“I had never met this man before 30 minutes ago, but we have a common, now lifelong bond,” said Morton, as he clasped Miller’s hand. Pointing to the names of the fraternity’s founders etched into the granite memorial, he added: “And because of the four men whose names are right there, I now have a brother for life. And that’s what this pilgrimage is all about.”
The quiet moment between fraternity brothers was an informal kickoff for what will soon be a gale of purple and gold descending on Washington through Sunday evening. The fraternity, celebrating its centennial, is bringing about 10,000 “Ques” from more than 700 chapters around the world as part of its conclave, which will be packed from dawn to dawn with events, parties, step shows and memorials.
“It’s just amazing, overwhelming, inspiring to be at this spot, where it all started,” said Miller, gold boots on his feet, pointing around the yard where the memorial sits. “This is my one and only chance to share this with so many of our brothers.”
Indeed, the next four days are a time of fraternity for the brothers, much as it was a hundred years ago when three Howard University students and their faculty adviser established the first black fraternity at an all-black university. The two other all-black fraternities at the time had been founded at white institutions.
Conceived as a distinctive service and social organization by the founders and subsequent leaders and members, the fraternity counts basketball stars Michael Jordan and Shaquille O’Neal, entertainer Bill Cosby, and politicians L. Douglas Wilder — the nation’s first black elected governor — and Jesse L. Jackson among its members. The group also includes 20 military generals, Harlem Renaissance poet Langston Hughes and media entrepreneur Earl Graves.
And while boasting such distinguished men, over the years the Omegas have gained — some may say encouraged — a reputation of being rowdier than the average fraternity; men who were more interested in partying than service. They were the men who embraced the “dog,” a term often used to deride pledges and later used as a term of endearment for those who crossed over.
For many leaders in the organization, this stereotype has swallowed the fraternity’s founding principles. They see the centennial as a time to recast their focus.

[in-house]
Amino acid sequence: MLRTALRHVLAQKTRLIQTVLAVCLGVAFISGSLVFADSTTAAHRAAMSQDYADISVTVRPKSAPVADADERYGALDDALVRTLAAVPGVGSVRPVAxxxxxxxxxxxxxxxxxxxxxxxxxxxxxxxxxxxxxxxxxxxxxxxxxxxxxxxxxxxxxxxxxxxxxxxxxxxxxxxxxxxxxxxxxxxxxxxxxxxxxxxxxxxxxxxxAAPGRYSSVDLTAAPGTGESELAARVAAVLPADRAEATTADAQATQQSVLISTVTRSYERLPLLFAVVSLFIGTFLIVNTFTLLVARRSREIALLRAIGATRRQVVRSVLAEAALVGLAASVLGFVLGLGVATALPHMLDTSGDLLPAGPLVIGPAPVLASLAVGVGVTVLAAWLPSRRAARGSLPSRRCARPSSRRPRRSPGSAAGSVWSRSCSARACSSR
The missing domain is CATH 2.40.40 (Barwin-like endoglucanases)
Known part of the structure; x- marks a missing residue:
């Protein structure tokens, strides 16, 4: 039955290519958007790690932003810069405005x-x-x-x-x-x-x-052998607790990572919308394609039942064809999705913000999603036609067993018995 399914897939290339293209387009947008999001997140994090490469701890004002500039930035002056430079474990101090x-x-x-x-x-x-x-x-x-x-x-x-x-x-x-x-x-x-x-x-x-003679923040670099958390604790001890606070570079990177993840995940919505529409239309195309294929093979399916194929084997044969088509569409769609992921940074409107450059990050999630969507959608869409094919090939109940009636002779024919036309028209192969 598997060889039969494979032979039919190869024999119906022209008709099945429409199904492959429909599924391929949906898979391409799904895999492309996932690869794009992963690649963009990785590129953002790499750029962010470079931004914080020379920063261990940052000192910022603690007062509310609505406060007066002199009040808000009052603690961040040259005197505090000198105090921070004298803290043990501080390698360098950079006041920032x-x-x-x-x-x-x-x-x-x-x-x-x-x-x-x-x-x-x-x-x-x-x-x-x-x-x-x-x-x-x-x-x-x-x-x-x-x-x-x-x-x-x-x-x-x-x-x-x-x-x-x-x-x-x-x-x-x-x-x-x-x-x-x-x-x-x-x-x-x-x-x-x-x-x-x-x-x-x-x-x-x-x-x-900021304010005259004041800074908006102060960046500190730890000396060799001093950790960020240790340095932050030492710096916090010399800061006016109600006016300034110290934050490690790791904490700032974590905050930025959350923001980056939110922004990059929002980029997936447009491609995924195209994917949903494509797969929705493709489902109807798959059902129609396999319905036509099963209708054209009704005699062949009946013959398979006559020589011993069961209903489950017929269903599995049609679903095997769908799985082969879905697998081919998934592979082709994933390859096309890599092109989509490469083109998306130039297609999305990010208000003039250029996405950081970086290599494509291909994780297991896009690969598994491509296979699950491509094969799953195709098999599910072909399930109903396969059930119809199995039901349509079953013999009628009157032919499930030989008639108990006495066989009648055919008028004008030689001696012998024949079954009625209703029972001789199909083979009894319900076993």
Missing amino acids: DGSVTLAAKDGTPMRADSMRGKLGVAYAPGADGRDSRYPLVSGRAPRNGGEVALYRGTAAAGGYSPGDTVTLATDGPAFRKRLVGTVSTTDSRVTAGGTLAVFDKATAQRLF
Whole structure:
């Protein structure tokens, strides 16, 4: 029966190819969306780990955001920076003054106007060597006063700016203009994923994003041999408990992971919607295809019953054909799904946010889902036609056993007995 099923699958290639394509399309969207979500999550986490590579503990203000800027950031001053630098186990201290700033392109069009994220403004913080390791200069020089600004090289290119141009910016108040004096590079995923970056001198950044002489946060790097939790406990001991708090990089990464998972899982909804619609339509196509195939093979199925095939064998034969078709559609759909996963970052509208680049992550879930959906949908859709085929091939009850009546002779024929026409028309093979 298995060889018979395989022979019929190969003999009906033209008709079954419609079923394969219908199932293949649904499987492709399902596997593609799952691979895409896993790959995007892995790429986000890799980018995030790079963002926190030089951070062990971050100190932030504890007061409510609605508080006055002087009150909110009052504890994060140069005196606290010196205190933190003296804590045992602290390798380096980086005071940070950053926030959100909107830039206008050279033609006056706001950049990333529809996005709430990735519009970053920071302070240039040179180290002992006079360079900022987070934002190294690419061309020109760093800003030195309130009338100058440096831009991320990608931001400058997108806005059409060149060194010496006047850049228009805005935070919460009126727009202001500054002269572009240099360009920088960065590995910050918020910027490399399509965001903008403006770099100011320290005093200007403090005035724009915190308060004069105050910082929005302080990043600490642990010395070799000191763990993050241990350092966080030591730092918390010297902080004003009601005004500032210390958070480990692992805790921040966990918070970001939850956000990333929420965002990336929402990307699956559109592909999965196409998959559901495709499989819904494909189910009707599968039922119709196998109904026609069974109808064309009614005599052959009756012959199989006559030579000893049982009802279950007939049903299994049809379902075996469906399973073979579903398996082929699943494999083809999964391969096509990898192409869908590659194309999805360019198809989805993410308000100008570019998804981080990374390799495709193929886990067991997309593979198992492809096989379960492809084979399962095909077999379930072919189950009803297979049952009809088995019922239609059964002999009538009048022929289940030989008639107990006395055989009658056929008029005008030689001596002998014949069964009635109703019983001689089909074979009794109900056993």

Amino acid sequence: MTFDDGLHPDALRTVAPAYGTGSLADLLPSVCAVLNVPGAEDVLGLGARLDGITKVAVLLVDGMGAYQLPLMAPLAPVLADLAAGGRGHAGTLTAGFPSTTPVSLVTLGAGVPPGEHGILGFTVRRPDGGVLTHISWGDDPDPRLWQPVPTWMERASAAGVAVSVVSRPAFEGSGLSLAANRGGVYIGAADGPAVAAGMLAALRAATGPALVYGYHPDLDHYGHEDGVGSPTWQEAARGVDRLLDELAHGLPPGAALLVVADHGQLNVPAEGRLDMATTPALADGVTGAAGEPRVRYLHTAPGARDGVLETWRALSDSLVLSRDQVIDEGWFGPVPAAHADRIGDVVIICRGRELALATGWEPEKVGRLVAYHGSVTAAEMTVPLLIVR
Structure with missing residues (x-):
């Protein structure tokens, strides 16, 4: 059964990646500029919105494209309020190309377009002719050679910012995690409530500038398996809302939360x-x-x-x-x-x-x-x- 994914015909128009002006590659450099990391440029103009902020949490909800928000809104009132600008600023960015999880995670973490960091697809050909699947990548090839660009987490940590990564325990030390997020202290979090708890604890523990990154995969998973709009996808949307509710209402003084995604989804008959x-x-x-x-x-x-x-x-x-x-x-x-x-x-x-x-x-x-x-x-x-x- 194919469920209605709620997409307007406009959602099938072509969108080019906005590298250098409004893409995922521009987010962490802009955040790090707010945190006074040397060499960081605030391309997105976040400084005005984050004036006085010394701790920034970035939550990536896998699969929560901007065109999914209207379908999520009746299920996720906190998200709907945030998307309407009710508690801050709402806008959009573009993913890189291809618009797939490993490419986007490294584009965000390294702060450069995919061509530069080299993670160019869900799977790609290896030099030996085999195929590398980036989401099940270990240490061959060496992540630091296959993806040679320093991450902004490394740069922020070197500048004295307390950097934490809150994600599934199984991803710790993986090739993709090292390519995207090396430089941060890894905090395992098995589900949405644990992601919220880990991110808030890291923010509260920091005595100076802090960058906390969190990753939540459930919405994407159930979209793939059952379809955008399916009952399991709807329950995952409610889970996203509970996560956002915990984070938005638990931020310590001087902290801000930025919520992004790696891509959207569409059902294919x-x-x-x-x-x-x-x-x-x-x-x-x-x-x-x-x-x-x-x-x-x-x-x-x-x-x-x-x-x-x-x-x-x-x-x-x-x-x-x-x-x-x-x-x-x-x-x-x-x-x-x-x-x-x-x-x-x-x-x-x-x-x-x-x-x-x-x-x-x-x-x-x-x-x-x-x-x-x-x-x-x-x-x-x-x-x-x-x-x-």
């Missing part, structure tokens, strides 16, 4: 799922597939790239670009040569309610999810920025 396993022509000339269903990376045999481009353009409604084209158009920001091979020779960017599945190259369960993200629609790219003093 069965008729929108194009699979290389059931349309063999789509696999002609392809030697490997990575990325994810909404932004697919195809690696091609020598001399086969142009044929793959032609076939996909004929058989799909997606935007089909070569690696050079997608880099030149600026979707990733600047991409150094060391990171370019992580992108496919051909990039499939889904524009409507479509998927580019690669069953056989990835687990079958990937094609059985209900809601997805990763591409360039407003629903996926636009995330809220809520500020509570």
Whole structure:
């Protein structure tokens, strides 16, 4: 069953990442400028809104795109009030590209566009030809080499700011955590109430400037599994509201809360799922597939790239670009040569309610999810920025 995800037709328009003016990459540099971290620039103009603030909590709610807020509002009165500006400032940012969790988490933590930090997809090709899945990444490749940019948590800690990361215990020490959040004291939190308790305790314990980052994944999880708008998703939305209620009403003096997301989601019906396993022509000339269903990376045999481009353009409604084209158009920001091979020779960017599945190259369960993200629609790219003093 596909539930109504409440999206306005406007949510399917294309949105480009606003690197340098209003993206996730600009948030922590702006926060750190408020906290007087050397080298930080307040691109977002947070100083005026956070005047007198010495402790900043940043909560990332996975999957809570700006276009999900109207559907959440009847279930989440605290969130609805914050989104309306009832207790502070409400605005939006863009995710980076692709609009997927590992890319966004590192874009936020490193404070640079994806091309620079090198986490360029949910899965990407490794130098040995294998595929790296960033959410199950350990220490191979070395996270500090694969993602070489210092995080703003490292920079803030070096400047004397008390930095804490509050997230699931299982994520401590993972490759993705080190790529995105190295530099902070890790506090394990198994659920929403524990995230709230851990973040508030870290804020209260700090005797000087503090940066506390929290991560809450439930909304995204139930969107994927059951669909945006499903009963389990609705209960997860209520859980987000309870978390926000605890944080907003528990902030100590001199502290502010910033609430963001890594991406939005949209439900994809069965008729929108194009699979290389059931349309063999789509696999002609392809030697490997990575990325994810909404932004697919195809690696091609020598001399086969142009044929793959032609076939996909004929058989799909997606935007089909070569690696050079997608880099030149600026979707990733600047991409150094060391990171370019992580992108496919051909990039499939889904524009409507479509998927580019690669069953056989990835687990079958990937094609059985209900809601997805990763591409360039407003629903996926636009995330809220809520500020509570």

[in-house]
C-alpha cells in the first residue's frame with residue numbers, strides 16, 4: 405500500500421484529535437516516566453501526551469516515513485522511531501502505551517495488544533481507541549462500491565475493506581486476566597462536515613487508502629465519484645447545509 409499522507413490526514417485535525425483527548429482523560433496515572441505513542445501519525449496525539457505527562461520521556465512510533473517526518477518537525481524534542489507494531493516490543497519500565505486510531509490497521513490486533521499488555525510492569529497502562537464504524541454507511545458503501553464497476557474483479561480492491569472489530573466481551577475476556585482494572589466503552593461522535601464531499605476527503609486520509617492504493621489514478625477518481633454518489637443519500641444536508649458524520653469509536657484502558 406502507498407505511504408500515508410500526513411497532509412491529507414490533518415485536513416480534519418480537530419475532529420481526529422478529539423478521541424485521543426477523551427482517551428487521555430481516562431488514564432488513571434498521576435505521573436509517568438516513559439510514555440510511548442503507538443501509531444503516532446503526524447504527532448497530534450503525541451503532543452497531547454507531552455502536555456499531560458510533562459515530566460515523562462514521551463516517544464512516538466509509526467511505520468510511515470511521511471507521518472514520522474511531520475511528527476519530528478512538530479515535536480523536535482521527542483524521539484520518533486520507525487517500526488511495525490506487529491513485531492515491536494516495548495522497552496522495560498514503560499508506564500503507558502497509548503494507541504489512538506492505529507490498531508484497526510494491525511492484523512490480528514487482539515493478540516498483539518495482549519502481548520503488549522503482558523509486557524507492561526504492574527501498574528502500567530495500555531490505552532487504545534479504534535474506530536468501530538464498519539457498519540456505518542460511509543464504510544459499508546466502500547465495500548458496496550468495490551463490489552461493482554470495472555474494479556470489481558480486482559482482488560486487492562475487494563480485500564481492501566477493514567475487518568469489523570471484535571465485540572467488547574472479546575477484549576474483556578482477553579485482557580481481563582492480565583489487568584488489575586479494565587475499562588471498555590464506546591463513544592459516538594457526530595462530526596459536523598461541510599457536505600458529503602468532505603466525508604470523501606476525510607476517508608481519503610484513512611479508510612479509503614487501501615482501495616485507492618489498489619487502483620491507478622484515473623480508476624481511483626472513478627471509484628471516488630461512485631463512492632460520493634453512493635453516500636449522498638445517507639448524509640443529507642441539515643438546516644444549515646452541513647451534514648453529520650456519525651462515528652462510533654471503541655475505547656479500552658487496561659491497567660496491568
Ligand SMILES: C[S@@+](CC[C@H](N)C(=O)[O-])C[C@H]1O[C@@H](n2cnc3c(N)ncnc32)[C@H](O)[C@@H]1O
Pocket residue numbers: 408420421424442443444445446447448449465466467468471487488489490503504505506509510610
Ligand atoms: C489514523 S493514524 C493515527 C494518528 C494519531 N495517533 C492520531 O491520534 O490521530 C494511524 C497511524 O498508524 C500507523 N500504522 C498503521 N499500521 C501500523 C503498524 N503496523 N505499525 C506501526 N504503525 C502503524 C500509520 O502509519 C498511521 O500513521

“One of my chief goals was when I was called in to lead was to do something about our image,” said Andrew Ray, 62, the grand basileus (national president) of the organization. “I took it as a personal challenge. . . . We are not going to allow whatever negative elements of our reputation determine who we are.”
He said that part of the work of this weekend will be organizing a capital fundraising campaign so that the organization can expand on its philanthropic activities. “I hope to lead us into the second 100 years where we are focused more on service to our community,” Ray said.
Indeed, in a recent widely read piece in UptownMagazine.com, Rodney T. Cohen, an assistant dean at Yale, wrote that all black fraternities need to refocus on their founding principles and “restore eldership.” He said of the Omegas: “On one hand, we have the Omegas who state that their fraternity’s principles are ‘manhood, scholarship, perseverance and uplift’ but we see the constant reference to the use of the ‘dog’ moniker as a form of identity.”
While the Ques (from the Greek letter Omega, which resembles a Q) will certainly party this weekend, there will be many solemn, reverent moments. The fraternity will honor standouts in several professional fields: the military, business and politics, science, education, religion, and sports and entertainment. On Wednesday, the recognitions began with a ceremony honoring Col. Charles Young, one of the first black men to attend West Point and an honorary Omega member who was buried at Arlington National Cemetery.
For many members, this extended weekend will be focused on sharing in the collective pilgrimage. Dorsey Miller of Fort Lauderdale, Fla., came to the convention with his son Dorsey Miller III. Like father, like son: The elder Miller said from the time he and his wife were married, it was clear that their home would be “an Omega home.”
The father pledged Omega at Morehouse College in 1966; his son would later pledge on the campus of the University of Florida. When asked what about the legacy he gleaned from his father, Dorsey Miller III said, “What it means is that he was a positive male role model who taught us right from wrong.”
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Staff writer Hamil R. Harris contributed to this report.